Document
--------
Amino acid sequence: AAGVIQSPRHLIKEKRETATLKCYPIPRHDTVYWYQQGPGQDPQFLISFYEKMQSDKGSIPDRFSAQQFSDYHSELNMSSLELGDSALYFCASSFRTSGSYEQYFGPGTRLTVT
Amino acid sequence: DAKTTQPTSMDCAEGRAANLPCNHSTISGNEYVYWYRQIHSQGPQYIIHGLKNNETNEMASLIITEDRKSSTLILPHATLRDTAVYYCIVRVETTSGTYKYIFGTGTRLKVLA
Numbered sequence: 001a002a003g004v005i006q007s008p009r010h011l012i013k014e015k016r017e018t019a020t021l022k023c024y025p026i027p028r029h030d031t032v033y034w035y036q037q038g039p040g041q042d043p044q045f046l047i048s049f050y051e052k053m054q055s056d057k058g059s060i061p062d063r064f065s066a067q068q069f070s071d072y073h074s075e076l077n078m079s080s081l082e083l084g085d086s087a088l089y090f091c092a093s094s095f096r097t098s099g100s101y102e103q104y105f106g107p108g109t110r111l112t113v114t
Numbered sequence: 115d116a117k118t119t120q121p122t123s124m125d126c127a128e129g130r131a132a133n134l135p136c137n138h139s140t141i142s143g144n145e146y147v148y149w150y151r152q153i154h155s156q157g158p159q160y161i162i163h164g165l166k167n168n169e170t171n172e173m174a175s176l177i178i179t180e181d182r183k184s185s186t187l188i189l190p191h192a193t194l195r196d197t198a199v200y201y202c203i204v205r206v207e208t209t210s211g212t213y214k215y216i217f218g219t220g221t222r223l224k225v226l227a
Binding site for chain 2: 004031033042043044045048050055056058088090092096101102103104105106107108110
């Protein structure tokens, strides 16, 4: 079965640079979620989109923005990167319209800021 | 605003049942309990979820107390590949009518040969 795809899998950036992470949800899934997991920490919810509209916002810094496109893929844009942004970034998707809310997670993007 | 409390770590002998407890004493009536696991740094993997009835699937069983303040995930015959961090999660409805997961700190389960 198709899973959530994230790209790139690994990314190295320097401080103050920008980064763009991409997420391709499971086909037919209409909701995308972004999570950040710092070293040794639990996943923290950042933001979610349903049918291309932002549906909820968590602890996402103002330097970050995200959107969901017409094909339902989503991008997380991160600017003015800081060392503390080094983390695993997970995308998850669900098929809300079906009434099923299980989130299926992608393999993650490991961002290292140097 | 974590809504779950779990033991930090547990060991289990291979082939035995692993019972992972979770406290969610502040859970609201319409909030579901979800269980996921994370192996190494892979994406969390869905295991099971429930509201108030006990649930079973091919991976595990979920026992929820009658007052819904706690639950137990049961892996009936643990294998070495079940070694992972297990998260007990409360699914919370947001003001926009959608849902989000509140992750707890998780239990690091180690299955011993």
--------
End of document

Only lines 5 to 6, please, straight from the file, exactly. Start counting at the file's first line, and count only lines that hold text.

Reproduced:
Binding site for chain 2: 004031033042043044045048050055056058088090092096101102103104105106107108110
């Protein structure tokens, strides 16, 4: 079965640079979620989109923005990167319209800021 | 605003049942309990979820107390590949009518040969 795809899998950036992470949800899934997991920490919810509209916002810094496109893929844009942004970034998707809310997670993007 | 409390770590002998407890004493009536696991740094993997009835699937069983303040995930015959961090999660409805997961700190389960 198709899973959530994230790209790139690994990314190295320097401080103050920008980064763009991409997420391709499971086909037919209409909701995308972004999570950040710092070293040794639990996943923290950042933001979610349903049918291309932002549906909820968590602890996402103002330097970050995200959107969901017409094909339902989503991008997380991160600017003015800081060392503390080094983390695993997970995308998850669900098929809300079906009434099923299980989130299926992608393999993650490991961002290292140097 | 974590809504779950779990033991930090547990060991289990291979082939035995692993019972992972979770406290969610502040859970609201319409909030579901979800269980996921994370192996190494892979994406969390869905295991099971429930509201108030006990649930079973091919991976595990979920026992929820009658007052819904706690639950137990049961892996009936643990294998070495079940070694992972297990998260007990409360699914919370947001003001926009959608849902989000509140992750707890998780239990690091180690299955011993």